• When a story quotes a source or study, go look it up on the fact checking sites I listed above.

• Does the photo you’re looking at look photo shopped? If it does, drag and drop it into Google images and see what comes up. It will help you verify the original source.

• Ground truth the source of “According to Polls” claims. These are solid polling sources:

   •  Pew Research Center –

• Gallup Poll –

• Rasmussen Reports -

• Is this business or charity legit? You can go to the following sources to find out.

• Charity Navigator –

• SD Secretary of State –

• Don’t be just a Headline reader.  

• Verify the author of a story. Any reporter worth their salt will want to put their name on their story. As professionals, they want to take credit and be accountable for the information they are producing.

• If it seems impossible or like a joke, it probably is. Viral information is often satire or meant to trick readers into believing it is true. Don’t fall for it.

• If a story makes you angry, you should read further. Read more about the subject from other sources. This will help you ground-truth the agenda behind the original story and help you not fall prey to manipulation by the author. Make sure the original story wasn’t intentionally trying to evoke that emotion.

• Look at the quotes and who said them. Journalists use many sources for their information, especially for hard news stories. Look up the people they have chosen to talk to and quote. Are they a legitimate expert in their field?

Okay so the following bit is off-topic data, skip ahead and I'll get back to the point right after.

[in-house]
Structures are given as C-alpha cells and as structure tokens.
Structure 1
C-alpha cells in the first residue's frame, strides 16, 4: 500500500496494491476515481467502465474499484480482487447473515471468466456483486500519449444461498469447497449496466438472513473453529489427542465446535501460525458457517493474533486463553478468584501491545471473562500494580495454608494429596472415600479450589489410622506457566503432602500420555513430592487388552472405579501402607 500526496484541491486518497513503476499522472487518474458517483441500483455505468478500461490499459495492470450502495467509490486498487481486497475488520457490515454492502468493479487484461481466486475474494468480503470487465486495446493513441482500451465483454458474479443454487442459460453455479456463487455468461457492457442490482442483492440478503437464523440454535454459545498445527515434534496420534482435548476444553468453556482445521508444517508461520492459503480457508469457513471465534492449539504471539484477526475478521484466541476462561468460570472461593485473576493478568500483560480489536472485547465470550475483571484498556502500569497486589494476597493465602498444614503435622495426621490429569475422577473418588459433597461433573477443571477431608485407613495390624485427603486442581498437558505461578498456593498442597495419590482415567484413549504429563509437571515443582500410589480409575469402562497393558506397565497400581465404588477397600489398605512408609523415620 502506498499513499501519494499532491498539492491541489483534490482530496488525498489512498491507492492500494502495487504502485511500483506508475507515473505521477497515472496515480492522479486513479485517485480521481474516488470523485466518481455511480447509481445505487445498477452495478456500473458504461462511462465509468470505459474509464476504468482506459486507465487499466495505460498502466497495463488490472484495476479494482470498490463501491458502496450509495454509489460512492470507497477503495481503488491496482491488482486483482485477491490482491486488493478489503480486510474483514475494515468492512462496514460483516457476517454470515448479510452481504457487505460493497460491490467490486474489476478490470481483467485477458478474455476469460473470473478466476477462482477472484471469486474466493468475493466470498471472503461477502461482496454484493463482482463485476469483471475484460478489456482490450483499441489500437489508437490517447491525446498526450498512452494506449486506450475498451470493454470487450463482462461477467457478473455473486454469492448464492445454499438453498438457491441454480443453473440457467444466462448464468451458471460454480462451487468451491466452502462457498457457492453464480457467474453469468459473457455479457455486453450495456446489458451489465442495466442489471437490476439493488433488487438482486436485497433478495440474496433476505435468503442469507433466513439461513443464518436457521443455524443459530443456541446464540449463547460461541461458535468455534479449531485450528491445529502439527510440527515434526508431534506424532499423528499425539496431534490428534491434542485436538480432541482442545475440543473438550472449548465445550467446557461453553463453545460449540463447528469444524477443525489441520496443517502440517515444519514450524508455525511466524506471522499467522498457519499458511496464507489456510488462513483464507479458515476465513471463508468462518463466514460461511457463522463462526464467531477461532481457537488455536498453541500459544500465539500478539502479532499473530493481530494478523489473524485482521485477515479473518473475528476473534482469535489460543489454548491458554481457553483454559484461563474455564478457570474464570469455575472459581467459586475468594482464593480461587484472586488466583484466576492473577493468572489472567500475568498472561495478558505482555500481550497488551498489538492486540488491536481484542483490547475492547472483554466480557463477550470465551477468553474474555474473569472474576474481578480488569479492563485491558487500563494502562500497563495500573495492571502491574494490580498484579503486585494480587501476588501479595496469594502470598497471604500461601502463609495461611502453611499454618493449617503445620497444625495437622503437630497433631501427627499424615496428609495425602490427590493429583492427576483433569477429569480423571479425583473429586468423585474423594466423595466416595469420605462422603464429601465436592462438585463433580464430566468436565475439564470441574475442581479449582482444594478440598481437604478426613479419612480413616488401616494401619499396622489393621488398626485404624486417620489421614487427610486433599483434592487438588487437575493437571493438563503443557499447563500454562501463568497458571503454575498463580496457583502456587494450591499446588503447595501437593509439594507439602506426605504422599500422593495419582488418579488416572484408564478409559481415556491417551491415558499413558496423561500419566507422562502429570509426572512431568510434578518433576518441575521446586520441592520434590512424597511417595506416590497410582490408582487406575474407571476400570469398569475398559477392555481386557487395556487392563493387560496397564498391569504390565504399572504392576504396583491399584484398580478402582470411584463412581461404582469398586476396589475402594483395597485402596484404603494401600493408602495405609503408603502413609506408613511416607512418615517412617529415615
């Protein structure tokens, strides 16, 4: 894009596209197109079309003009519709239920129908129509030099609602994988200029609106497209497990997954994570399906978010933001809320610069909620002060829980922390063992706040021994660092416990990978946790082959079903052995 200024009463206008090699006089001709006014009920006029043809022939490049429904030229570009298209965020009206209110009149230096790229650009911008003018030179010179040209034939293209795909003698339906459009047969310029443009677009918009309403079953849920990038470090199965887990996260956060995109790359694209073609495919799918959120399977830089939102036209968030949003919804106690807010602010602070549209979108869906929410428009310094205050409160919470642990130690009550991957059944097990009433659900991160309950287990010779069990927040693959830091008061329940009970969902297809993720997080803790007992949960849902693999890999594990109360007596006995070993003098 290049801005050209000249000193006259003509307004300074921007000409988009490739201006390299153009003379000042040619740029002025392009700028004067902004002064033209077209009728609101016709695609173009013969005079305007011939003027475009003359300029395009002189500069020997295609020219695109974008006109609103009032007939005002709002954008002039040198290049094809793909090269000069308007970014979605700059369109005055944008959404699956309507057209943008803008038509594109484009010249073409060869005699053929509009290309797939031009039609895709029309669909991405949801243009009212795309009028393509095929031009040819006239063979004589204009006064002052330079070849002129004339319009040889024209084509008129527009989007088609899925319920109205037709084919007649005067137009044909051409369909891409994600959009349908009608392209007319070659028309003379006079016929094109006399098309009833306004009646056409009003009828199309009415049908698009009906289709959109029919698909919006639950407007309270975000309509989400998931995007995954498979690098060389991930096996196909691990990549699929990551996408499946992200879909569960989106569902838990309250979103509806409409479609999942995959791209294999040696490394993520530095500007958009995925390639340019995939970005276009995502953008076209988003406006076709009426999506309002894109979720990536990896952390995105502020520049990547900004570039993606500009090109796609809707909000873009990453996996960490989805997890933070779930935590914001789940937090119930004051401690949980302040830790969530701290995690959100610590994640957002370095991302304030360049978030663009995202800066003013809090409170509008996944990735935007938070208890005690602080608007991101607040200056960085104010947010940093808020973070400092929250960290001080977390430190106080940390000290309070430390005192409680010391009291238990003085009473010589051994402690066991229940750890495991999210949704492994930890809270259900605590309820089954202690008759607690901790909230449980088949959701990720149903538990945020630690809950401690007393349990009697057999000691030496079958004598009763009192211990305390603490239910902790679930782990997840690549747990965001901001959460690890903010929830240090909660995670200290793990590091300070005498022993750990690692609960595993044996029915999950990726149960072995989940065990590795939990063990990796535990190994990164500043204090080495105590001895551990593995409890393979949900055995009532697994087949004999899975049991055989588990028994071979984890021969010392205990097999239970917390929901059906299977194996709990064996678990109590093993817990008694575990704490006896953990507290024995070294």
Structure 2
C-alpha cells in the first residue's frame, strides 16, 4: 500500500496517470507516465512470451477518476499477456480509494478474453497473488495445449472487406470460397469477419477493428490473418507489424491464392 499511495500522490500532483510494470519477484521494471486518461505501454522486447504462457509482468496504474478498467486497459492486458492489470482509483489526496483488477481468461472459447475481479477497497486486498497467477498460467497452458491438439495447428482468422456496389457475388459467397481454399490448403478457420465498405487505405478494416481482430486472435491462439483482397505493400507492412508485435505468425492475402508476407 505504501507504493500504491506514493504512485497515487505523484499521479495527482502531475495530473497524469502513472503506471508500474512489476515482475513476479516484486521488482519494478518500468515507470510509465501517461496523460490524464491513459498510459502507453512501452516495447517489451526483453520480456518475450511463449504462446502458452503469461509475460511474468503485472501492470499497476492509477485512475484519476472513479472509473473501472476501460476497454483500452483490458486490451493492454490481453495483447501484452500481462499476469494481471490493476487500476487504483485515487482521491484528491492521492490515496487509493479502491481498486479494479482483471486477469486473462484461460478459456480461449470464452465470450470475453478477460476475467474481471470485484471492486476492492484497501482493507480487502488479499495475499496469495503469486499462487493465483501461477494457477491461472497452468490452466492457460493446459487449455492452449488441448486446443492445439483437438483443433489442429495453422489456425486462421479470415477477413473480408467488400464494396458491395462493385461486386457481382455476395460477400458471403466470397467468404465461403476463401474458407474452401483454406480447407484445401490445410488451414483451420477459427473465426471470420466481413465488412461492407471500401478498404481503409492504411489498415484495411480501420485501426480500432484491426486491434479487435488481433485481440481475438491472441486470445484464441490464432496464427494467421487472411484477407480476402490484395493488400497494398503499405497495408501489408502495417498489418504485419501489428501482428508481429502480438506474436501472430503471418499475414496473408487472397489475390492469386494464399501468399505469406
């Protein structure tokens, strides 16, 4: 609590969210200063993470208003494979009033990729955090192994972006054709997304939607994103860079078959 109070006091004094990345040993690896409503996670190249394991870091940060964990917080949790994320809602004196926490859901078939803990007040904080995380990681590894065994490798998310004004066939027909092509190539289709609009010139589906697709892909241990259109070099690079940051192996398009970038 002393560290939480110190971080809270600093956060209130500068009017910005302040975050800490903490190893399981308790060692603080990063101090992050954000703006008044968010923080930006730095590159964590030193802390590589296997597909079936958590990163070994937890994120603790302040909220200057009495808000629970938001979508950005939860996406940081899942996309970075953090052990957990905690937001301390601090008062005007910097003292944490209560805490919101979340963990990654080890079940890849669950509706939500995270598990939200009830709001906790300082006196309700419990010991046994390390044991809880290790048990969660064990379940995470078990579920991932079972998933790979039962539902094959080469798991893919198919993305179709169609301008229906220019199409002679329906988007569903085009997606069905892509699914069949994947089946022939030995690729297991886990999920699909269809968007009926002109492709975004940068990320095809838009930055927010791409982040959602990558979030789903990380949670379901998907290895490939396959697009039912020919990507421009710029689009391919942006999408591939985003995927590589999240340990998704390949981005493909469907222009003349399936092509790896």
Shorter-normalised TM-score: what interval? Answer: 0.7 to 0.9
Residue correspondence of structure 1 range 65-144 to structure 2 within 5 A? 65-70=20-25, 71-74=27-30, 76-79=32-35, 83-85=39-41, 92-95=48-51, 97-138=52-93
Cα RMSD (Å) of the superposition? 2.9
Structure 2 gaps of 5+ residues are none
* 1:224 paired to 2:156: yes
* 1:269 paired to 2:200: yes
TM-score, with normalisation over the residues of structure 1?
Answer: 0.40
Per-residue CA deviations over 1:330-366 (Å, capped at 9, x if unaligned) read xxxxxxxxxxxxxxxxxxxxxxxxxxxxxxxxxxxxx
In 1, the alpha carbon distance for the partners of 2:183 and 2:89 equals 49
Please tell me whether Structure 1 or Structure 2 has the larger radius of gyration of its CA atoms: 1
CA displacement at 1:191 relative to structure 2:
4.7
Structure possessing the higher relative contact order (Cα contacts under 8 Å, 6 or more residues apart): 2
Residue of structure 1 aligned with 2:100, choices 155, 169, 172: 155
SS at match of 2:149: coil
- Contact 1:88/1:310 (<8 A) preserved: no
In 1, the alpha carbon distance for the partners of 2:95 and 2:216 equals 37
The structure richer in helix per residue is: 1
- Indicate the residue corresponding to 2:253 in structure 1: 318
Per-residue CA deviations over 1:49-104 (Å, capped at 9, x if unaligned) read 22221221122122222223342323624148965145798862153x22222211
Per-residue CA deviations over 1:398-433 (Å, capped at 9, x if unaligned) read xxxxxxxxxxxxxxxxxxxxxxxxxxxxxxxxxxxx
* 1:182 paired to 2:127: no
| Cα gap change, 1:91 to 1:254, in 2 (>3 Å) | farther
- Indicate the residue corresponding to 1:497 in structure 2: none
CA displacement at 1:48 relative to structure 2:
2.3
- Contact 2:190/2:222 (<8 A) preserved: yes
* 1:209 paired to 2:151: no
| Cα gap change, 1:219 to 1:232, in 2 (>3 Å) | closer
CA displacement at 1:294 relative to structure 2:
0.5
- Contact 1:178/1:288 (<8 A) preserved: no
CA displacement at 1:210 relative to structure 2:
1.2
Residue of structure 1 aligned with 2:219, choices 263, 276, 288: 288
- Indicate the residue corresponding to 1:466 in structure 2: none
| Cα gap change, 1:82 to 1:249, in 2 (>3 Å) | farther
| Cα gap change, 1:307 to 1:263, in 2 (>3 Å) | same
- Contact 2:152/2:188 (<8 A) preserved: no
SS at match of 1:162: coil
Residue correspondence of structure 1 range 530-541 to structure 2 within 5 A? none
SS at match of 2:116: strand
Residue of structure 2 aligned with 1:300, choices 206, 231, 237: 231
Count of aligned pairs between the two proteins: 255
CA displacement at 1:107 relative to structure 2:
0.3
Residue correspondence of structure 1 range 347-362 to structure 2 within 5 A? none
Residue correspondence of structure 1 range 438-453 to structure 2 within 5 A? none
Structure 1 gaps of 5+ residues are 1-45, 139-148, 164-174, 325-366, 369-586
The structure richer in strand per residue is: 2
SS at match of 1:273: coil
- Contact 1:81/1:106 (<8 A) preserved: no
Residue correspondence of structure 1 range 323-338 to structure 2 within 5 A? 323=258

• Check the online “comment” section. If a lot of other readers are raising questions about the accuracy of the story, then you should question it too.

• Don’t get drawn into forwarding chain emails or social media posts. Be wary of anything with an anonymous author, misspelled words, punctuation that yells at you by using excessive exclamation points or all CAPITAL LETTERS!!!!

• Bad web design. Again read multiple sources on the subject and make sure you’re not being manipulated. Once you arrive at a website look around. Do all of the other stories seem to have a view that is slanted to one side or the other of the political spectrum? If so, it is probably not a legitimate information site, but rather a site with an agenda to manipulate your thought process.

• Just because someone made a meme, it doesn’t make it a fact.

And just because you saw it on Facebook, Wikipedia and YouTube that does not make it a reliable source for information.

• Know population numbers. It will help you ground truth and quickly put numerical information into perspective. Go to for the most accurate population estimates provided by the U.S. Census Bureau

• Spearfish (or your home-town): 11,500 (in city limits)

• Lawrence County (your county): 25,300

• South Dakota (Your state): 865,000

• USA: 325.9 million

• World: 7.4 billion

I hope this helps you to be a more confident consumer of information. Please feel free to send me your suggestions and tips as well. I’m always seeking more input and ideas from others.

Letti Lister is the president and publisher of the Black Hills Pioneer.